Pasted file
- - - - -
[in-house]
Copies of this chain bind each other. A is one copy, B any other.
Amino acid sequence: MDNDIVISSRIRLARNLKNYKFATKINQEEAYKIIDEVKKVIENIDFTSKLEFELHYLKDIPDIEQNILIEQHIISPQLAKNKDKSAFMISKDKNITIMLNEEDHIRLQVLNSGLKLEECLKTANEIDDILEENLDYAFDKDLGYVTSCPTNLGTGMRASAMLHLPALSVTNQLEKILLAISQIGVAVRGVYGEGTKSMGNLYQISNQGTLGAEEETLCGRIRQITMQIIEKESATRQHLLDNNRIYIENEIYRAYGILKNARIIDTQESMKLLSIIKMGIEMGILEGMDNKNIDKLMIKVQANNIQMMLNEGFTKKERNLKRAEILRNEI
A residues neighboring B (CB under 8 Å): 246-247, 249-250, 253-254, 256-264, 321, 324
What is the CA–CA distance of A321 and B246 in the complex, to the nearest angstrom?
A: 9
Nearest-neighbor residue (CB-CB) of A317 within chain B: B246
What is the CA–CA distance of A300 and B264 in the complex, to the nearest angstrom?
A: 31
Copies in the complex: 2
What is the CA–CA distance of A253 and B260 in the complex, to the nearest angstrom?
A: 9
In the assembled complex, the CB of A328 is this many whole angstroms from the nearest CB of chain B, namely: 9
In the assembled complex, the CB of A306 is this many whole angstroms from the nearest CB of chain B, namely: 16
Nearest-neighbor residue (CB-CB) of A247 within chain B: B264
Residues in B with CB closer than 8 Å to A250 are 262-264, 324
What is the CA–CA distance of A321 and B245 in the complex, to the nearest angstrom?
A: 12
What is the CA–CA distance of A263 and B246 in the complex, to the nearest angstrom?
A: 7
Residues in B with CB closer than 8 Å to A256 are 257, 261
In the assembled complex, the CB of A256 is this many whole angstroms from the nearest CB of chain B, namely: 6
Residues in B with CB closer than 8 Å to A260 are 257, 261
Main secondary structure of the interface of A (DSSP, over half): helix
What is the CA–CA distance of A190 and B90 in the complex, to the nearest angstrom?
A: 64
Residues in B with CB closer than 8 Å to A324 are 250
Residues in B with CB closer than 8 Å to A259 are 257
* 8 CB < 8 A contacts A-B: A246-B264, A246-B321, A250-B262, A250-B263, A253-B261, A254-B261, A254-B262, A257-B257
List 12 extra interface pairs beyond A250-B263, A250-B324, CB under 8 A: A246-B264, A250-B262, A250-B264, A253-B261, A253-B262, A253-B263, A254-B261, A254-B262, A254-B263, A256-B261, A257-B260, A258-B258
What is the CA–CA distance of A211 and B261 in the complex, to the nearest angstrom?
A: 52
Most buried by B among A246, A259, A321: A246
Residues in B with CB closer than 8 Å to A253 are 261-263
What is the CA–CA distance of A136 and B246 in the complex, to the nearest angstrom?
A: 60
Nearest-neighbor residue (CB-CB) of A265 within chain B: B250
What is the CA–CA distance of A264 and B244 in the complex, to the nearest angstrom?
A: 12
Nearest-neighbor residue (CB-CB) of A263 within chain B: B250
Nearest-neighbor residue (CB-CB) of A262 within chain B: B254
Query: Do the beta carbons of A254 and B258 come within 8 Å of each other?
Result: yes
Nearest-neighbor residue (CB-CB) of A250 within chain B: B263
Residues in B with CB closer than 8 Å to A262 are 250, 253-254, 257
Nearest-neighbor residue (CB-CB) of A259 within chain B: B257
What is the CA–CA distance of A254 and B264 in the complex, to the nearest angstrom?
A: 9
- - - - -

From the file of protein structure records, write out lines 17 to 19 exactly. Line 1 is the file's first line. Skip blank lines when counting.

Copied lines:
What is the CA–CA distance of A321 and B245 in the complex, to the nearest angstrom?
A: 12
What is the CA–CA distance of A263 and B246 in the complex, to the nearest angstrom?